The Omega Speedmaster Reduced/Automatic in 39mm is undeniably a classic among watch collectors and is regularly seen in collections, especially this reference 3510.50.00 as this is the quintessential model, layout and colour. The best part about this example is the fact it comes with its original box and paperwork, dating the watch to November 2000, perfect for a potential birth-year purchase or for any collector wanting a great example and set, so do not hesitate to add it to your collection today!


The Brand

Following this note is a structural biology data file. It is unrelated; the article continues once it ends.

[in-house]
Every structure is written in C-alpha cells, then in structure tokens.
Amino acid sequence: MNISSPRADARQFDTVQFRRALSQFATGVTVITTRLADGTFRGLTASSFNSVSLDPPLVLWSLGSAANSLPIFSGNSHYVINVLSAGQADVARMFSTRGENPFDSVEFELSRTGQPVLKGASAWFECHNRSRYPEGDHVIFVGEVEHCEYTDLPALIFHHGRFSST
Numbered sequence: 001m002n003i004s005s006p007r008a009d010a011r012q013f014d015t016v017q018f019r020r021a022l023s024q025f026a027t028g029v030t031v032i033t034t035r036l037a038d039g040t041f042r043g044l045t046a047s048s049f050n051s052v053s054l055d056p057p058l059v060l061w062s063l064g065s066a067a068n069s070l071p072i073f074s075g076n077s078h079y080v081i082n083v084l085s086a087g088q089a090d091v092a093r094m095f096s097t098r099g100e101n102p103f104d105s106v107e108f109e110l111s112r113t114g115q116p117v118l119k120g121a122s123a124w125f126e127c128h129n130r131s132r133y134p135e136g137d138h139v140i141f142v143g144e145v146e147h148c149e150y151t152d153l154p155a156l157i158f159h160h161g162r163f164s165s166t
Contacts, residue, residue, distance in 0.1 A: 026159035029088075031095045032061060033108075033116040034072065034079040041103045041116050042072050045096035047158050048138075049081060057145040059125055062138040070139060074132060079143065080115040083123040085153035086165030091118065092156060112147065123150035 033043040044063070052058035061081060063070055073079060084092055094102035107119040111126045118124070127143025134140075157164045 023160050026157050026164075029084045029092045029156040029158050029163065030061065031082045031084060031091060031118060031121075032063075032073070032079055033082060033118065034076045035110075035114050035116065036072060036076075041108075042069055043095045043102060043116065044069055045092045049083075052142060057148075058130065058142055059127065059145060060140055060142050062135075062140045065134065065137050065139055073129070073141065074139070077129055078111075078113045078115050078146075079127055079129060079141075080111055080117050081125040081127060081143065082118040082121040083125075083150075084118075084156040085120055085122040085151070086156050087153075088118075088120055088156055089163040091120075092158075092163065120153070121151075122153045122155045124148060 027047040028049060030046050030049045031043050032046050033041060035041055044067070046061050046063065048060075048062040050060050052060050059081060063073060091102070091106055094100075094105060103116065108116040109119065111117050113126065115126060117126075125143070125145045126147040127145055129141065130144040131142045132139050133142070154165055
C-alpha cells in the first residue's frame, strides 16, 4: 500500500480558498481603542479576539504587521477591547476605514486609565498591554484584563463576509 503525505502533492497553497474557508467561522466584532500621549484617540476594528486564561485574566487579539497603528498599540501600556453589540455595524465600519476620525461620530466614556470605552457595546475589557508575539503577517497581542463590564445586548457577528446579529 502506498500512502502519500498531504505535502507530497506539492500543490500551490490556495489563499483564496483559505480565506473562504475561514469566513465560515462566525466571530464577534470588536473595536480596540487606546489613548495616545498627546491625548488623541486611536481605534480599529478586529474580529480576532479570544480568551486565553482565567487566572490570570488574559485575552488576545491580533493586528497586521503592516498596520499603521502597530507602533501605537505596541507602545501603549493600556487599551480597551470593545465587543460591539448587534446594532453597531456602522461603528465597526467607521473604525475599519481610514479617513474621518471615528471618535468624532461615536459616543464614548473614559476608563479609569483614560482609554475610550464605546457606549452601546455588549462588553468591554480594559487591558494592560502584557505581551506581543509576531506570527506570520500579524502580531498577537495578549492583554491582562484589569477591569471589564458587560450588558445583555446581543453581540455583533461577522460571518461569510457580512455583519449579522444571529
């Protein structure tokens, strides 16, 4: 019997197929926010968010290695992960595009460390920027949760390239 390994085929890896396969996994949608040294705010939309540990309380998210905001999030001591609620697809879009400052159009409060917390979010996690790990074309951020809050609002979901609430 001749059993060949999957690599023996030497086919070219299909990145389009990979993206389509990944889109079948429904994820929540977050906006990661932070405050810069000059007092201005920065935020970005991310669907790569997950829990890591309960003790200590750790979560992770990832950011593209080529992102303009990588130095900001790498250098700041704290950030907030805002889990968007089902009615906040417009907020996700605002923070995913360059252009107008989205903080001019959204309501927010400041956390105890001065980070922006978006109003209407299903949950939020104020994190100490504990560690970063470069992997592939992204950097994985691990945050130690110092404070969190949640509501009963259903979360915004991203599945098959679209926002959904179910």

Formerly known as the La Generale Watch Co., it was founded by Louis Brandt in La Chaux-de-Fonds in 1848. When he passed away in 1879, his sons quickly stepped in to carry on their father’s vision. In 1880, they moved to 96 Rue Jakob-Stampfli, where they remain today. In 1885, the brothers released their first mass-produced calibre, the Labrador; later, in 1892, they developed the first minute-repeating timepiece. In 1903, they renamed the company Omega until 1982, when they officially changed their name to Omega SA. During WW1, Omega watches were used as official timekeepers for the Royal Flying Corps and the US Army. In 1930, Omega and Tissot merged together to form Société Suisse pour l'Industrie Horlogère (SSIH). In 1931, another group was formed - Allgemeine Schweizerische Uhrenindustrie AG (ASUAG). Where SSIH was primarily French-speaking, ASUAG was founded by the more German-speaking members of the Swiss watch industry. In 1948, they introduced the first edition of one of its most symbolic watches: the Seamaster. Omega first introduced the Constellation in 1952. At the time, it was Omega's flagship timepiece. The first models had a Cal. 354 bumper movement in them. Later, in 1955, Omega introduced the Automatic Cal. 50x, followed in 1959 by the Cal.55x (no date) and 56x (date) versions. Many of the Constellations came with pie-pan dials, diamond indexes, and fancy lug configurations. All the gold Constellations of that time have the Observatory of Geneva's hand engraved on the back. The stainless steel and stainless steel/gold versions had a gold medallion on the back with the Observatory of Geneva. The eight stars above the Observatory stand for the many exploits of Omega in the world Chronometer competition. Celebrating the fact that all Constellations are Chronometer Certified. In 1962, Omega made history when astronaut Wally Schirra wore a Speedmaster on his Mercury Sigma 7 Mission, making it the first Omega watch to enter space. After stringent tests, NASA used Omega for all their Apollo missions, including the 1969 Moon landing of Apollo 11. Today, Omega is still an astronaut's first choice of timepiece. In 1969, President Nixon famously turned down the opportunity to be gifted the first-ever all-gold Speedmaster Professional Deluxe because he deemed it to be “too valuable.” As a response to the ever-growing threat of electronic watches to the manufacturers of mechanical watches, Omega, in collaboration with Swiss brands such as Rolex and Patek Philippe, formed Centre Electronique Horloger (CEH). Prototypes began in 1967, and production started in 1968. Then, In 1972, Omega introduced the reference 198.030, which included the Omega calibre 1250, a ‘tuning-fork electronic movement which was made under licence from Bulova. Later we saw a merger of SSIH and ASUAG into SMH, or Société de Microélectronique et d’Horlogerie. This merger took place in 1983. In 1992, the company acquired Blancpain, and in 1998, it officially rebranded itself from SMH to the Swatch Group. Then, in 1999, they purchased and integrated Breguet into the group.